So, the next year, after its publication, Nita May Mckinley published –“Gender Differences, in an undergraduate body esteem. The mediating effect of objectified body consciousness and actual/ideal weight discrepancy — Sex Roles 39 1-2 —” That was basically a horror story which tried to use the publication as if it were gods law on how the female body performed in social environments. I can’t imagine reading that and believing that was happening to me — would have scarred me for life. But then came Banishing the Beast, and A Mind of Ones Own, followed later with a clear left hook coming in from “Jane sexes it up: True confessions of feminist desire” by. Merri Lisa Johnson Now.. that is a mix for absolute confusion — if you don’t realize that Objectification Therory is not what you have been hearing in the magazines or at the coffee shop.

Most of the studies reaching back for the Objectification Theory are along the lines of Body Image Dissatisfaction and Depressive Symptoms. All of the ones I read show that the women,( both heterosexual and lesbian) find dissatisfaction with their bodies, and are more nervous about how they look if they believe they will soon begin a position of being judged, but all of them only show these as being limited in depth, and in effect. An increase in active friendships, an increase in exercise, moral support, a loving relationship , all banish these feelings away like mist. Over and over again the framework offers a stable place to posit an idea from, but not a place available to land back down on. The internalization expected from the description of Objectification, simply doesn’t materialize into a physical or mentally altering state. It just doesn’t happen.
No empirical data is ever gathered.

Tomi-Ann Roberts (one of the authors) returned to Colorado College, with much different ideas on her mind, most of them going toward the essay of Rebecca Walker.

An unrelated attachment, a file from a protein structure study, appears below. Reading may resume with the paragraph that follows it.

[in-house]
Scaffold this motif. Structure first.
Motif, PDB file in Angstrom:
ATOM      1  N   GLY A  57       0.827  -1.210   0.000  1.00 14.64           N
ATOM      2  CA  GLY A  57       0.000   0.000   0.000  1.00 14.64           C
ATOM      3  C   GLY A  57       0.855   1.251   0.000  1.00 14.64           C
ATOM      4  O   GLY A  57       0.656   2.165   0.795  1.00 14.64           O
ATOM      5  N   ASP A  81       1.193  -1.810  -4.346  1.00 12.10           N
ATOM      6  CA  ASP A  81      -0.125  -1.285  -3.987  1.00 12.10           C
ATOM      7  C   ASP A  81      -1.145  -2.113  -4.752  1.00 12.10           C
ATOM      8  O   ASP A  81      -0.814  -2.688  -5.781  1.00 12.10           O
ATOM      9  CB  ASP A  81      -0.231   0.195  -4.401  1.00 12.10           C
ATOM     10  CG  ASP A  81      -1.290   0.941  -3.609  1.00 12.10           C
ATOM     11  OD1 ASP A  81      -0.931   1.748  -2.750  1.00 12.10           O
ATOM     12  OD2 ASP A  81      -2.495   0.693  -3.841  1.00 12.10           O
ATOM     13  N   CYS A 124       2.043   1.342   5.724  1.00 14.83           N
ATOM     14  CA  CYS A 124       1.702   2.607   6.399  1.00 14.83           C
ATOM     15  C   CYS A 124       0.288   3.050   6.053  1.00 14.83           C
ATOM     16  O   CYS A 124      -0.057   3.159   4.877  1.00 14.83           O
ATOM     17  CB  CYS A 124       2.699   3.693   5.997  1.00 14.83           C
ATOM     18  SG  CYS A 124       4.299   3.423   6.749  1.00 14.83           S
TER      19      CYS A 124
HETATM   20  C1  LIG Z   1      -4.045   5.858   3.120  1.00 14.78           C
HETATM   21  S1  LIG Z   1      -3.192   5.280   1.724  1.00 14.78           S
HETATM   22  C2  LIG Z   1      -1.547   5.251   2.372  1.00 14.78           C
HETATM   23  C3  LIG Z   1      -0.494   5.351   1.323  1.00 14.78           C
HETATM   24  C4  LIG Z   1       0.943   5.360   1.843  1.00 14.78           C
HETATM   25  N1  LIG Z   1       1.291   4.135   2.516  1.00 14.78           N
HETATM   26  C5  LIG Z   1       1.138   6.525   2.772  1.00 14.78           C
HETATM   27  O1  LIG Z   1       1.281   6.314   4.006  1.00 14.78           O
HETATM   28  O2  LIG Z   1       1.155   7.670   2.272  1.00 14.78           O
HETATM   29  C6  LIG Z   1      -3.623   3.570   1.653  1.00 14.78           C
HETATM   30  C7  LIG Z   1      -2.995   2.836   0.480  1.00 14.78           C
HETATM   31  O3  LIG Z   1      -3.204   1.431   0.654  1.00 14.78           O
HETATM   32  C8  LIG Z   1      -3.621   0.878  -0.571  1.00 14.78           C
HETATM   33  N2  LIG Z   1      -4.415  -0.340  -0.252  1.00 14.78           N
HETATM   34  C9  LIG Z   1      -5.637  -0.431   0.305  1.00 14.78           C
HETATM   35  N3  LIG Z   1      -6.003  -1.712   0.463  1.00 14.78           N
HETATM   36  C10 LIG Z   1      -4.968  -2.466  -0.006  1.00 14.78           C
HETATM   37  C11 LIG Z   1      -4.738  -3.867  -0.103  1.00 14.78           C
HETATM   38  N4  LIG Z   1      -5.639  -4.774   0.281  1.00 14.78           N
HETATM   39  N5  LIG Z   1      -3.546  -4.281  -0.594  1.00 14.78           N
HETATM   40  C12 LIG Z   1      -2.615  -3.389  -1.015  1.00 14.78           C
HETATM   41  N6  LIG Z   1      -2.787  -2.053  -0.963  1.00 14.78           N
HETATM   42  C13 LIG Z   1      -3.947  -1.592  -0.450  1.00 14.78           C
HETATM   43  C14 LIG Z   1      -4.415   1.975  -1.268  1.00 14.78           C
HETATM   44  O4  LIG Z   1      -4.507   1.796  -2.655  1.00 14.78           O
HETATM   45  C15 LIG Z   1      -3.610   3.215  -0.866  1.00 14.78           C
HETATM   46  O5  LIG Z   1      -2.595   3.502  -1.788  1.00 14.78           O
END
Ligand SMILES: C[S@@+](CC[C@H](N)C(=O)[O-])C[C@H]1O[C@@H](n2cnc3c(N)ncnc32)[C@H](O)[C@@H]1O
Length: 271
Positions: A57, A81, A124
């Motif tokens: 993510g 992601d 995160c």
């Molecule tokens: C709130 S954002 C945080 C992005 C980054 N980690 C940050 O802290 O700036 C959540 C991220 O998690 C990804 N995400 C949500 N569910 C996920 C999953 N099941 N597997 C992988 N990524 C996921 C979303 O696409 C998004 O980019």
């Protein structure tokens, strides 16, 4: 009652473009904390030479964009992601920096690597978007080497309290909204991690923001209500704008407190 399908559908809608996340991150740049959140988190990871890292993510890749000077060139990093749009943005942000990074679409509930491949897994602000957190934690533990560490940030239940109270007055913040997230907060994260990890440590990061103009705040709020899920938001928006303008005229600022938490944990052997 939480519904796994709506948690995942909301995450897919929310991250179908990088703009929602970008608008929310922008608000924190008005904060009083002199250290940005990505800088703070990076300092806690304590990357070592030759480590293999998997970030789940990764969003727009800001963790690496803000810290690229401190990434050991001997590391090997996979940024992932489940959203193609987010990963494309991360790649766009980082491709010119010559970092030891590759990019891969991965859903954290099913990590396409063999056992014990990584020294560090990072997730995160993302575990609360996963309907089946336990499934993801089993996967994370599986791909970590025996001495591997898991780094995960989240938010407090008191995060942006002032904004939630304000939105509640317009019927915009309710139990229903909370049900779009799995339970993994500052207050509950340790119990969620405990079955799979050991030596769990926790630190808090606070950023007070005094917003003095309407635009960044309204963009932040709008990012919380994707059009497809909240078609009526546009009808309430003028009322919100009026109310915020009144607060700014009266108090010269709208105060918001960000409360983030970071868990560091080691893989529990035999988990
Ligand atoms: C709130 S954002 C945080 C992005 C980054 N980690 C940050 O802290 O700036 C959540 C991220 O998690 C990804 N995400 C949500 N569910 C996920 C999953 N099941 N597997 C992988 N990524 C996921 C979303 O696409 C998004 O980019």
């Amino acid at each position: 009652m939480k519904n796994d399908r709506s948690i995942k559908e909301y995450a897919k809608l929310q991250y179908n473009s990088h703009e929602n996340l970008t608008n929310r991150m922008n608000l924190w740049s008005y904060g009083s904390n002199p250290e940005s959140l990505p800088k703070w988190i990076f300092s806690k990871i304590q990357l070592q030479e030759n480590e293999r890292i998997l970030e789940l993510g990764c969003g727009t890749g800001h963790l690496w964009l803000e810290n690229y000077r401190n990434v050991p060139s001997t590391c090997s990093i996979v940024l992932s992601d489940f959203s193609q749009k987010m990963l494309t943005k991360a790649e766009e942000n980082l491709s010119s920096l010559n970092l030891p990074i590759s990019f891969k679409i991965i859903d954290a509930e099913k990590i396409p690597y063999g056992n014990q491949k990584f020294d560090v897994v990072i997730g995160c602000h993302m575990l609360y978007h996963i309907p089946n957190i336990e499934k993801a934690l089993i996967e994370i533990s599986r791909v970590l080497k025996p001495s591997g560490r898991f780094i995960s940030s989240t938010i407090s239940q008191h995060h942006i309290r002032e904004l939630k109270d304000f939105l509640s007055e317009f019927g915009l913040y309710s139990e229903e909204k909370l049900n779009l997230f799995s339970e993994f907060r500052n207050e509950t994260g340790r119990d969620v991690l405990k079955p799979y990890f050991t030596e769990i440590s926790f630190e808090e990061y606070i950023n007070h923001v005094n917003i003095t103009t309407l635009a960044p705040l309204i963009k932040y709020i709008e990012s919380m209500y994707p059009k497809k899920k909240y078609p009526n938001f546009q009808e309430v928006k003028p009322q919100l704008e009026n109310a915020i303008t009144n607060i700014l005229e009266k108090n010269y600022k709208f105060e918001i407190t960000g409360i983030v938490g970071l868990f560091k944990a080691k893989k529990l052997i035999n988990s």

Roberts does three papers after publishing Objectification, which attempt to clarify the theory for her, but wind up pulling her down an unexpected direction. Then, in the Handbook of Experimental Existential Psychology Roberts gives us a glimpse and then a flood of this unexpected direction the work has led her too. (p.78)


… according to the position that we have provided, objectification of women serves an important existential function — it strips them of their creaturely connection and thus provides psychic protection from the threat of death. Thus it is not surprising that women objectify other women, additionally , it is also not surprising that women also objectify their own bodies, a phenomenon referred to as “self-objectification” and demonstrated by numerous studies …”


The 180 degree turn on what objectification is, and what it means, and who it means it too, is quite radical. However Roberts in her return to Colorado will hold on to these ideas, as well as refining them. It is always a noteworthy trait of a researcher to be able to drop their preconceived ideas and accept the direction further research reveals. It is unfortunate this trait is not as prevalent as it could be.

I do hope this clears some things up for you, because the way I have observed some women damaging themselves over the misconceptions prevalent on this topic, is very disturbing.